Coram, a legal children’s centre specialising in adoption and fostering services, has warned that thousands of children risk being left undocumented when the UK leaves the European Union because they are unaware of the EU settlement scheme or find it too complicated.
The government has launched an online settlement application which all EU nationals must complete in order to remain in the UK and be able to work, access healthcare and education.
But Coram’s childcare lawyer, Alexandra Conroy-Harris, told Sky News that many children in the care system will struggle to provide the evidence they need to remain in the UK.
She said: “To get status they would have to prove they were from an EU country, if they don’t have the paperwork then they can’t, or if they were born in this country they will have to prove that their parents were from an EU country.
“Again, if a child has been taken into care often we don’t know what has happened to their parents. A child would get to age 18 and come out of foster care without much of the paperwork they would need and we can’t tell them what will happen to them.
“There is just a huge gap that these children are going to fall through.”
To solve this issue, Mrs. Conroy-Harris said the children should be granted British citizenship.
She said: “If there could be a particular programme to allow children in long-term foster care to have access to British citizenship without having to make a separate application, just an automatic right to have their birth registered, to have a British passport, to have citizenship.
“It wouldn’t be a dramatic number but it would make an enormous difference for a child in care to say ‘yes I can stay here when I am 18’.”
It is currently free for EU nationals to apply to the settlement scheme, but the process to apply for British citizenship can cost more than £1,000 per child.
The Local Government Association has warned that the final cost may be a lot higher.
Deputy chairman of the LGA, David Simmonds, said: “It’s well over £1,000 just for the application of a child who is looking to register and in those situations which are complicated, when age is disputed or there’s an immigration issue, the legal bills can run into tens of thousands of pounds per individual.
“Children in care should be treated favourably by the system. We shouldn’t see local authority tax payers picking up huge bills for taking children through that application system.
“The system itself should be slick, simple and inexpensive and provide the individual with a piece of evidence that shows their status.
“So should they find themselves in a Windrush type situation where their status is questioned 20/30/40 years in the future, they will have the evidence to prove their legal status in this country.”
There are currently 75,000 children living in care in England, but there is no information on how many will need to make applications under the EU settlement scheme.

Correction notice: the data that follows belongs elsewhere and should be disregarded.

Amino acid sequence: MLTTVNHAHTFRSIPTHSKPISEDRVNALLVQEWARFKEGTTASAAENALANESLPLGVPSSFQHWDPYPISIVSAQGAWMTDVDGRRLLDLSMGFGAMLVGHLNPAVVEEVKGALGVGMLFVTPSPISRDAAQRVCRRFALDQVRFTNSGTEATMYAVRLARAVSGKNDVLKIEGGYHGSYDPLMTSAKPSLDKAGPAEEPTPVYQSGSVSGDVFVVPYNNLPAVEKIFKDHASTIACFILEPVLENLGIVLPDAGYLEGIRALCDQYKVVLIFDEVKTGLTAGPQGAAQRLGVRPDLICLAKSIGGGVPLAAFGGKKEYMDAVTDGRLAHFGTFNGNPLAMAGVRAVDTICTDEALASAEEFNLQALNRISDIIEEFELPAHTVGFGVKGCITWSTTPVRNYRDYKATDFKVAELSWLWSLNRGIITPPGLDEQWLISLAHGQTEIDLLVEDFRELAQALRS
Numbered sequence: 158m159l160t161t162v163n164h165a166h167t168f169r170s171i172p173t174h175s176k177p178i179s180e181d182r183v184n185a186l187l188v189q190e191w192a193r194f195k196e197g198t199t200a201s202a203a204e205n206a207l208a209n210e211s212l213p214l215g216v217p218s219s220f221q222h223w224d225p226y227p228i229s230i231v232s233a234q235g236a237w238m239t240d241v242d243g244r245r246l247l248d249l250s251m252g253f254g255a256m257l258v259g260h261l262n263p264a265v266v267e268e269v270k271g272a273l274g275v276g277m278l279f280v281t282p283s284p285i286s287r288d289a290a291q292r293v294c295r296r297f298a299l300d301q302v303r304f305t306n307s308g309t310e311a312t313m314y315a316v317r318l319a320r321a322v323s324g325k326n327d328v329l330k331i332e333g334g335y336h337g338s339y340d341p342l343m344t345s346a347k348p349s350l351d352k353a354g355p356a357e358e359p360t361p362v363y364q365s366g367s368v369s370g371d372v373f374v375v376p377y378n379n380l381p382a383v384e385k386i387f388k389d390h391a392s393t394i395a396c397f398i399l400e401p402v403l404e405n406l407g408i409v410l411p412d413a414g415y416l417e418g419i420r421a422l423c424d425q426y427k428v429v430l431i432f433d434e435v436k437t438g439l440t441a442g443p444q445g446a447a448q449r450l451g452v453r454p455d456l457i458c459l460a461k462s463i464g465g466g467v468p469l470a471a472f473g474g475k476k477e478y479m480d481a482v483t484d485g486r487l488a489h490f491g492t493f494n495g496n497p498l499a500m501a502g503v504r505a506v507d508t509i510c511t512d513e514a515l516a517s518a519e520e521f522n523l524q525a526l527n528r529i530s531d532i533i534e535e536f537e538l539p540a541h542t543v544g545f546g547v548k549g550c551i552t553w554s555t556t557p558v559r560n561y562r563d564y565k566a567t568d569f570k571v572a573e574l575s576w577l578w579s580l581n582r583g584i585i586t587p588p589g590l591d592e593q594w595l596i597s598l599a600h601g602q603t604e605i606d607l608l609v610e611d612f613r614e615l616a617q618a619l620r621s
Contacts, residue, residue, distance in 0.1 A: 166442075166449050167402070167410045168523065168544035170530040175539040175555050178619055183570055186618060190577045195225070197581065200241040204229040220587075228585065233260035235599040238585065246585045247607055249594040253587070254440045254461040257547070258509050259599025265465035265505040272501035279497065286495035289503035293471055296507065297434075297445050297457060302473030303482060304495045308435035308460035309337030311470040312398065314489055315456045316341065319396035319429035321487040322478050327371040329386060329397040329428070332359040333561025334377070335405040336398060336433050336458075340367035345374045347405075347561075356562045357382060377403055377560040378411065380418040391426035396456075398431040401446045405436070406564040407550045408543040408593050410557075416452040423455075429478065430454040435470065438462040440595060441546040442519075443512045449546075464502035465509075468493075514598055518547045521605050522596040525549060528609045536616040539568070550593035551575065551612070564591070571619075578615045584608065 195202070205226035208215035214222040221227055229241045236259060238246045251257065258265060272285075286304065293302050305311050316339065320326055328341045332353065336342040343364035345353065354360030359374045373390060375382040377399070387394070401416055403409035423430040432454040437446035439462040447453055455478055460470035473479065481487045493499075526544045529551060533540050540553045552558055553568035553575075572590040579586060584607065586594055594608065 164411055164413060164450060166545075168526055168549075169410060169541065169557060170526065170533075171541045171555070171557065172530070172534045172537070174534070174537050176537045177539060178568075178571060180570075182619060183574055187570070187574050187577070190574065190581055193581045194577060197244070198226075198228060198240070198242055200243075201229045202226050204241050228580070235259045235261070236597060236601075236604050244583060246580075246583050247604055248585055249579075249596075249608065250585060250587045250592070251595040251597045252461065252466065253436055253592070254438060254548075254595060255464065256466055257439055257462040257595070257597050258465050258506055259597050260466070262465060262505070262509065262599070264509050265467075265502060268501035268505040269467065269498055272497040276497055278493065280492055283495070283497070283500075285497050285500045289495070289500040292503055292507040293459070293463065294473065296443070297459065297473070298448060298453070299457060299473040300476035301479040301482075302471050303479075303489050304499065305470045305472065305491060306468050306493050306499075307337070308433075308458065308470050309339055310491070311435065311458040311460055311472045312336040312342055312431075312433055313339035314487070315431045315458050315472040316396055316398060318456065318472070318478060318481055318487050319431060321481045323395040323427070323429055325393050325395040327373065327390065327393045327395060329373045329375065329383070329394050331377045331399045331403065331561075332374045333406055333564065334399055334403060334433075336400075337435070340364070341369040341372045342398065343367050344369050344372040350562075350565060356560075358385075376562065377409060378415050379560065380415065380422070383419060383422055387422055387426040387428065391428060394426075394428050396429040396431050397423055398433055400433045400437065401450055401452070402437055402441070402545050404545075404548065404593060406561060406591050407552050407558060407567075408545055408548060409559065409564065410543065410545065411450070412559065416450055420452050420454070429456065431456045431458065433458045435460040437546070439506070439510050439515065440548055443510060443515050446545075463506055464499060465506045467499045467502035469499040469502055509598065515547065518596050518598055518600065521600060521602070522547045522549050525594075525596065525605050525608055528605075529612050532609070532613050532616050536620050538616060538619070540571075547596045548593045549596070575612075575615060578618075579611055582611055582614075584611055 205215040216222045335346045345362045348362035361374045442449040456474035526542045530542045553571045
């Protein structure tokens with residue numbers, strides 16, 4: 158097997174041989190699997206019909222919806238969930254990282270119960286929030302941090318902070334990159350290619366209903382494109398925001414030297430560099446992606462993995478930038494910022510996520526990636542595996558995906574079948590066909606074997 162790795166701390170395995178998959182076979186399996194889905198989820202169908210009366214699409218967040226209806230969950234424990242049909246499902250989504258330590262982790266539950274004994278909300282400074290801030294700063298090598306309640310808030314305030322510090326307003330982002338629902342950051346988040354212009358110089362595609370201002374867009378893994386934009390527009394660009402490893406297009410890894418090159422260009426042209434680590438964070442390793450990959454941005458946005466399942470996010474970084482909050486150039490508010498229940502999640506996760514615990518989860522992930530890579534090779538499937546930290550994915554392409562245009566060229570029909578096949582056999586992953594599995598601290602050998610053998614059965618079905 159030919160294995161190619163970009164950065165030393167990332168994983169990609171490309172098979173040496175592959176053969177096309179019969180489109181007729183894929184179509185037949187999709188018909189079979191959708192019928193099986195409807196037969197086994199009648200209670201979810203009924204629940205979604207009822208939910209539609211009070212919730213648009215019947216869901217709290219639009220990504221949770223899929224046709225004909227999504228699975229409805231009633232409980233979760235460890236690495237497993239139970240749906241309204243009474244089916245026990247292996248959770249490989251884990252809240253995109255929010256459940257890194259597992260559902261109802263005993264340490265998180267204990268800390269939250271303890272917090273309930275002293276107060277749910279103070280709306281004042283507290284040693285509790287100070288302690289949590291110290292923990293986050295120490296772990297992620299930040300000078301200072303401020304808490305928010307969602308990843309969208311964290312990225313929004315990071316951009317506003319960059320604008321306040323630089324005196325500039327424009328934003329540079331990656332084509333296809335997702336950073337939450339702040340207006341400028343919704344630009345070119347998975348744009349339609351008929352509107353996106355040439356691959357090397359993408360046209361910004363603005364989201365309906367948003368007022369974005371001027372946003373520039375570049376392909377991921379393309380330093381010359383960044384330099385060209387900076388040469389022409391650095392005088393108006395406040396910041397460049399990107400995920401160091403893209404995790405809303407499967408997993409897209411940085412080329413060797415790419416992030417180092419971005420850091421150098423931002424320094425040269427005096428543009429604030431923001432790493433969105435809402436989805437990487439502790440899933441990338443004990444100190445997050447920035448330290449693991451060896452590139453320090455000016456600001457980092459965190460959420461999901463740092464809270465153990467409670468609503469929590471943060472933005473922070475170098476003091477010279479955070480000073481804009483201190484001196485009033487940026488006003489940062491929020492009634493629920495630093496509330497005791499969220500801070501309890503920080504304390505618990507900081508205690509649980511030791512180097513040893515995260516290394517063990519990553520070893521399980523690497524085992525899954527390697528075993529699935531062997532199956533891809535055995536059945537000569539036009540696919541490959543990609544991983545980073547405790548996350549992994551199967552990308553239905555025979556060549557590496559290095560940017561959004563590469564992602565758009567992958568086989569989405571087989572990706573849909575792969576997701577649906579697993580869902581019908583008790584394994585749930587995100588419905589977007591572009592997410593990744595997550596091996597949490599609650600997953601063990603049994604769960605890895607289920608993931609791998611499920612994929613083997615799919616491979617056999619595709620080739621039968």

It has not been a legal obligation for local authorities to record the nationality of children in foster care.
The Home Office has estimated there are approximately 5,000 EU children in care in the UK, but the real number is not known.
Kelly Newton, from Lewisham in south London, has been a foster carer for 14 years, looking after a total of 28 children.
For the last five years she has been looking after 13-year-old twin girls from Denmark after they were removed from their birth parents.
She said: “It was only when I went to renew the girls’ passports when I realised we needed to apply for EU settlement to ensure they could remain in the UK when they turn 18.
“There was so much information, pages of documents, I didn’t know where to start. It was a big worry for us.”
Ms. Newton had to travel to Scotland with the girls to complete the applications with the help of children’s charity, Coram.
“We needed a letter from the school, one from social services, their passports and a letter from us. It took two hours to fill out the forms and was really stressful,” she said.
“We were lucky to be able to go through channels and find someone who would help. There are lots of children out there that when they reach 18, who knows what will happen to them.”
She added: “There is not enough attention on the human side of Brexit. The politicians are wrapped up in trade and business, and as a foster carer, I think it’s so important these children are looked after and it’s not being highlighted enough.”
Immigration Minister Caroline Nokes said: “It is a priority of mine to ensure that the EU Settlement Scheme is accessible for everyone, including children in care.
“This is why we are providing grant funding of up to £9m for voluntary and community organisations across the UK to support EU citizens who might need additional help when applying to the scheme.
“We are also working closely with local authorities and other stakeholders in the UK to ensure that applications to the EU Settlement Scheme are made on behalf of all looked after children who are EU citizens.”
Author: Charlotte Lomas